Skill: It often helps to categorise your “ideas”. You want to sort out what are main points and what are supporting reasons and examples.If you can do this, you have made a big step towards writing coherent paragraphs – paragraphs that are made up of main points, supported by reasons and ideas.
Practical use: This is extremely practical. When you get to write your main paragraphs, you should be much better able to combine your ideas so that are coherent with the main idea supported by reasons and examples.
What to plan -some different options
Another way of thinking about plans and making them practical is to think precisely about what you want to plan. The idea here is that you don’t just “plan”, you go into the exam room knowing what you are going to plan. That way you have a better chance of using your time wisely. I’d suggest that these 5 options are all things you should consider thinking about and planning before you start writing.
1.Your position to the question
What:This means that you should be clear about whether you agree/disagree etc.
Why: The examiner looks for a clearly established and coherent position throughout the essay: if you don’t have this in your head before you start, your essay will lose on Task Response and Coherence
Tip: It’s a simple thing.Read the task words in the question. If it says “To what extent do you agree or disagree”, make a sentence saying “I agree with this idea to some extent”
2. The structure of the essay
What: You need to decide how many paragraphs you will write and what the function of each paragraph is, ie supporting or disagreeing.
Model essay plans note: many candidate like to follow model plans. That can work. It doesn’t mean that you don’t need to think about them in the exam though. The model must fit the question.
3. The vocabulary you want to use
What:this may seem a little strange but it can work. If you are familiar with brainstorming techniques, it is sometimes easier to come up with words than ideas. You often find then that those words give you
A top tip – don’t think of ideas, think of main points, reasons and examples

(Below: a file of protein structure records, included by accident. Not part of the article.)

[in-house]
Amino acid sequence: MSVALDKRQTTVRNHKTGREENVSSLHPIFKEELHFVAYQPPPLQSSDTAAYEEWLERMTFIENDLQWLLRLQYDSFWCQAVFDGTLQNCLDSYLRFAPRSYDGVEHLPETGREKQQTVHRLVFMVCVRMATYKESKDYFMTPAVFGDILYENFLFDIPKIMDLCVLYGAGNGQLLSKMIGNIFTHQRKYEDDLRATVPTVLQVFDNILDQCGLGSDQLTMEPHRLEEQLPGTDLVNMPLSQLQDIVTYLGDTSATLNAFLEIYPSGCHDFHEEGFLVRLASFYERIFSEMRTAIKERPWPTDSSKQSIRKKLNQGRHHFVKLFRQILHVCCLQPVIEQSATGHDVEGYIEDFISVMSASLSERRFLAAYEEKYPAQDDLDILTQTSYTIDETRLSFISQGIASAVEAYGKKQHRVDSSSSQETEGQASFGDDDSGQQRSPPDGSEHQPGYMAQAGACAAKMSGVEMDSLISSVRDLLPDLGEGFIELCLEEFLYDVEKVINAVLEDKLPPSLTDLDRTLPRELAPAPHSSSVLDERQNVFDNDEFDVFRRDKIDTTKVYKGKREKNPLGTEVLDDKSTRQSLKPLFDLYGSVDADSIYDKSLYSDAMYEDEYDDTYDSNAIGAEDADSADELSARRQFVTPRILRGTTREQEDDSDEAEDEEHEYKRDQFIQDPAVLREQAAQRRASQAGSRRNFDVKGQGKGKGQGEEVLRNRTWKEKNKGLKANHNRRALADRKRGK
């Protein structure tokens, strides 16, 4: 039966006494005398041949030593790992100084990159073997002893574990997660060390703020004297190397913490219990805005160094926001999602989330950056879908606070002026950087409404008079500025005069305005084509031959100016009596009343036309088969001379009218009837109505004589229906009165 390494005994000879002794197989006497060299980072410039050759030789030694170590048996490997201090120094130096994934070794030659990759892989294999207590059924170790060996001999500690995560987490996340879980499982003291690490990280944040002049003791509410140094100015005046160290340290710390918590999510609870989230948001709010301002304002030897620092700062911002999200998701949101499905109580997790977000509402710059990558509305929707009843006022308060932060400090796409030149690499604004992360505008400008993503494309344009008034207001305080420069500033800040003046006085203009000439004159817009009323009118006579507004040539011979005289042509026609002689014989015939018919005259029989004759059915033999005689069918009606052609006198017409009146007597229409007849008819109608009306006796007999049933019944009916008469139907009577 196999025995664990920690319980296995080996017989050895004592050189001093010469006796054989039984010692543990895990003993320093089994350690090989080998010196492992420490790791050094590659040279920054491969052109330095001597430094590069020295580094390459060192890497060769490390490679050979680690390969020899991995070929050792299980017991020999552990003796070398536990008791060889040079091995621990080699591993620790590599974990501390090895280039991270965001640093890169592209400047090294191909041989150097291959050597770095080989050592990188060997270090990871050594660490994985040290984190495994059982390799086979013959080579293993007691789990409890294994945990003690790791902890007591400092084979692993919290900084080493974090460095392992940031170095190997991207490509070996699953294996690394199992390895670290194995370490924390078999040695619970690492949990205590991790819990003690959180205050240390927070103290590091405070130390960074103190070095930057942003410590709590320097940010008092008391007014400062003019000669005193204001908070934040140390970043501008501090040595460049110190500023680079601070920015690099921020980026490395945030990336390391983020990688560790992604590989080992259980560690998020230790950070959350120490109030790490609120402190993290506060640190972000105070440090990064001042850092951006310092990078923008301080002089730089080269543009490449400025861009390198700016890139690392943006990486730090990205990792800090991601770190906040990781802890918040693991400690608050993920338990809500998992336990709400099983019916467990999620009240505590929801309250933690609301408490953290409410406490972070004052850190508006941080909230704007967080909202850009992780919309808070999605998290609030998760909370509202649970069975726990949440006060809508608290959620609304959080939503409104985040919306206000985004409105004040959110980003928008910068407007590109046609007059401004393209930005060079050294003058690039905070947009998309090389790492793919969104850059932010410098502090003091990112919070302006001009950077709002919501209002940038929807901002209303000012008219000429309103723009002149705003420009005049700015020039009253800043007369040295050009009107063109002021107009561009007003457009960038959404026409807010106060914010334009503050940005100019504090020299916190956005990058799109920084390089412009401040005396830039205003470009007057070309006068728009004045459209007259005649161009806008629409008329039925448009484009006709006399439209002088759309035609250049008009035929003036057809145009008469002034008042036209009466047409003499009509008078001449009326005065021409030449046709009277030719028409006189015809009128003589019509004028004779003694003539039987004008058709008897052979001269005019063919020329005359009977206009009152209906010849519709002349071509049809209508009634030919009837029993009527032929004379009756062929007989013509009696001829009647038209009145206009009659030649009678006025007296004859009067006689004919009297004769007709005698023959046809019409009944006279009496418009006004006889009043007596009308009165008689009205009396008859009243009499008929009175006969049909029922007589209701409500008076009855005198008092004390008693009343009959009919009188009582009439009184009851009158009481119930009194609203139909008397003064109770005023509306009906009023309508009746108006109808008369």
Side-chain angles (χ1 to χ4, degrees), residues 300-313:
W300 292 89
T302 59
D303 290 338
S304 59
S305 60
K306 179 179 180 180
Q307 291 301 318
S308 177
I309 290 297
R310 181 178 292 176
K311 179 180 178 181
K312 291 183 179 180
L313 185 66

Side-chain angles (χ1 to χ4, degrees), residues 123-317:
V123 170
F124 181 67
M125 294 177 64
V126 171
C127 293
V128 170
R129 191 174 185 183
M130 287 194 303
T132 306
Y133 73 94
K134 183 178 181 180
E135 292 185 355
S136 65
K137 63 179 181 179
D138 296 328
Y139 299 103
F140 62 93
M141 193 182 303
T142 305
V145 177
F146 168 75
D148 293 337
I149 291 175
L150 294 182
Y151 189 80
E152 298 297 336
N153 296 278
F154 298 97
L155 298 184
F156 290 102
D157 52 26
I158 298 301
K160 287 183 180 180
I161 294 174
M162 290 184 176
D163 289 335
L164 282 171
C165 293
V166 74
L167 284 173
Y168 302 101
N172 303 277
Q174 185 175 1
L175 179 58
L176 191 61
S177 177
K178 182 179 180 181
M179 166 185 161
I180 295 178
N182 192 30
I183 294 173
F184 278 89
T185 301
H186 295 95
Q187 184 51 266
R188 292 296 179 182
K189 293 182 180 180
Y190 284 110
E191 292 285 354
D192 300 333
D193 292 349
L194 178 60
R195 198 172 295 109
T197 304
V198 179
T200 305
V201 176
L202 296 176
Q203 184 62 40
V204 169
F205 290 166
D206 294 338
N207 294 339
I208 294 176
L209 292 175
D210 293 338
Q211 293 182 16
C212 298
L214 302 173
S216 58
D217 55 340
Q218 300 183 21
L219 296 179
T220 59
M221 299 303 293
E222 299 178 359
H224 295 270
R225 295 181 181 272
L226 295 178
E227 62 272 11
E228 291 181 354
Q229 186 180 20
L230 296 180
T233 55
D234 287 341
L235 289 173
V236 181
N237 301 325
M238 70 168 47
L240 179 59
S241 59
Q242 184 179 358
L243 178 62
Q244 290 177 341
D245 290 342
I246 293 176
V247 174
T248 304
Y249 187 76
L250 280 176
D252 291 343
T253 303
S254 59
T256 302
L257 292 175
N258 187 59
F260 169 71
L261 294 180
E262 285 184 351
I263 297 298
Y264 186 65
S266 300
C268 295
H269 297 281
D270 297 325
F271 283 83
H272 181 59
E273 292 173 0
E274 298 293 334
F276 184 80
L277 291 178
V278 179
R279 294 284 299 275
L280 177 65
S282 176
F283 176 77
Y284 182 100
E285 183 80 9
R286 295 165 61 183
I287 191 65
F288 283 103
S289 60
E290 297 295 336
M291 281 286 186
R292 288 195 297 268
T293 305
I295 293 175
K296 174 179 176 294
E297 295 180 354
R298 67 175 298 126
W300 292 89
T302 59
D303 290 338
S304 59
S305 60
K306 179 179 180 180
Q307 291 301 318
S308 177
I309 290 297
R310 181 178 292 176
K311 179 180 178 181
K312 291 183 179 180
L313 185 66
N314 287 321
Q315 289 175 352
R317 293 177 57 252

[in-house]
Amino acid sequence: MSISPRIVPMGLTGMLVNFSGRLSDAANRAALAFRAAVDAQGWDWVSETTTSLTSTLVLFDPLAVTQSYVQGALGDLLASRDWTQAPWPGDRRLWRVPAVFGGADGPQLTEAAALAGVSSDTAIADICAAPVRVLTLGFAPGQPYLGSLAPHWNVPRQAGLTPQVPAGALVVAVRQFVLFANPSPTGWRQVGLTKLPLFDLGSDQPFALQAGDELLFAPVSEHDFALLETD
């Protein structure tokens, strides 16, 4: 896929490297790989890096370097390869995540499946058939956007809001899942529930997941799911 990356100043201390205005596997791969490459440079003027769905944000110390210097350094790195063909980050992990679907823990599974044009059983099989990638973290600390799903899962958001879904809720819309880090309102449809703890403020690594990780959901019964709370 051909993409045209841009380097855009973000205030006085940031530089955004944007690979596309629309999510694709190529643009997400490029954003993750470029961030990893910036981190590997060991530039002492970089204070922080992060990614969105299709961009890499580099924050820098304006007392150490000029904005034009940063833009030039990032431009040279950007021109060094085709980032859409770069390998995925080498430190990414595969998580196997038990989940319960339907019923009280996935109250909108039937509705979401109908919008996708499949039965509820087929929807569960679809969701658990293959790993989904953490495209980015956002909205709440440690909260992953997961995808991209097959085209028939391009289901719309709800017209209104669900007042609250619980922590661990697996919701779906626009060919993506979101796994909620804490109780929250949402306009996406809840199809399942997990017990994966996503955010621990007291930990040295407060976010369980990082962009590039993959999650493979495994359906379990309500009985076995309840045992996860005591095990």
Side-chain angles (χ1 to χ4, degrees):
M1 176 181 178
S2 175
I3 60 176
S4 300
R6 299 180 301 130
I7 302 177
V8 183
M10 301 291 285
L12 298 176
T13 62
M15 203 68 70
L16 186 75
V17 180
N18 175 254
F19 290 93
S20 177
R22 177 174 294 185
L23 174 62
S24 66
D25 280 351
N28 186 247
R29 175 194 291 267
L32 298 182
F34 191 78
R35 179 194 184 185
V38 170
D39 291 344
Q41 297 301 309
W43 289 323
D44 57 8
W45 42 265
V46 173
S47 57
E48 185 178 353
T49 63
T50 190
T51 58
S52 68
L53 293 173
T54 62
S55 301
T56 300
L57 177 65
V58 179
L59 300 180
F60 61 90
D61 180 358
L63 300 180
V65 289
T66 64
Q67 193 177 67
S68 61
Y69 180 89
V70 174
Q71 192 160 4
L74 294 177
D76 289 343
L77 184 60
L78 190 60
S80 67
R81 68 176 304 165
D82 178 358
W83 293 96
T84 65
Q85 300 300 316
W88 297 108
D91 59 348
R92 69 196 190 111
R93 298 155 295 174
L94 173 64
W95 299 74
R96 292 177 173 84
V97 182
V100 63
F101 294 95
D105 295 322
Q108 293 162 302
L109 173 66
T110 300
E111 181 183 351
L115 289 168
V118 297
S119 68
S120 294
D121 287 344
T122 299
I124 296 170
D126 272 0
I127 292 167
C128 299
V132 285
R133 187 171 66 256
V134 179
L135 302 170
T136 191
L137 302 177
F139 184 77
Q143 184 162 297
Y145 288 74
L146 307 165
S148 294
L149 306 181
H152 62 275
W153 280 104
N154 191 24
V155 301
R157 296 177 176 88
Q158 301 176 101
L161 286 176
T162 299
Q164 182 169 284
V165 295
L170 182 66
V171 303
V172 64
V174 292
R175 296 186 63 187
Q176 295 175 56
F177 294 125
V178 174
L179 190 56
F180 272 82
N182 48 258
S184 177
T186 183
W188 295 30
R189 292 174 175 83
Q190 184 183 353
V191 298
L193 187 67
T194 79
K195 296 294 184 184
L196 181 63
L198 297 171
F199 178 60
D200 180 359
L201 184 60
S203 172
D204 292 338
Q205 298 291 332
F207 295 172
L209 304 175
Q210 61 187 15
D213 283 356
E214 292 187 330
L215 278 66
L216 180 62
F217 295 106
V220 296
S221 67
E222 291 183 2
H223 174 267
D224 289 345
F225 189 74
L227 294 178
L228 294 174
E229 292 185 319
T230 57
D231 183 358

The reason for this is that you don’t need ideas, you need main points, reasons and examples to write complete paragraphs and you need to be clear about which is which.
4.The main points:
What: these are often very simple and may be no more than I agree or I disagree. One of your aims should be to be clear and it helps to keep your main points as clear as possible.
What and why: these may be more complex.You need them because both Task Response and Coherence require you to support your ideas.
Tip: It is sometimes as simple as asking yourself the question “Why do I think this?”
Why: Examples are useful as they help you expand your main points into complete paragraphs.
Tip: Your examples do not need to be “clever”. The rubric asks you to use examples from your own knowledge and experience. To get examples,it can help to ask yourself the question about examples you know of personally.In exams it is often easier to think of “memories”.
One final tip – learn to select – that means not including all your ideas
Many essays go wrong because they try and include too much – everything that is in the plan. If you want to write a coherent essay in exam time, you need to make sure that all your ideas fit together. Choose the ones that suit argument,leave out the ones that don’t – no matter how good they are.
Purdue OWL is one of the top writing resources on the internet. It has many, many good things.Check out its brainstorming page and follow the links from there.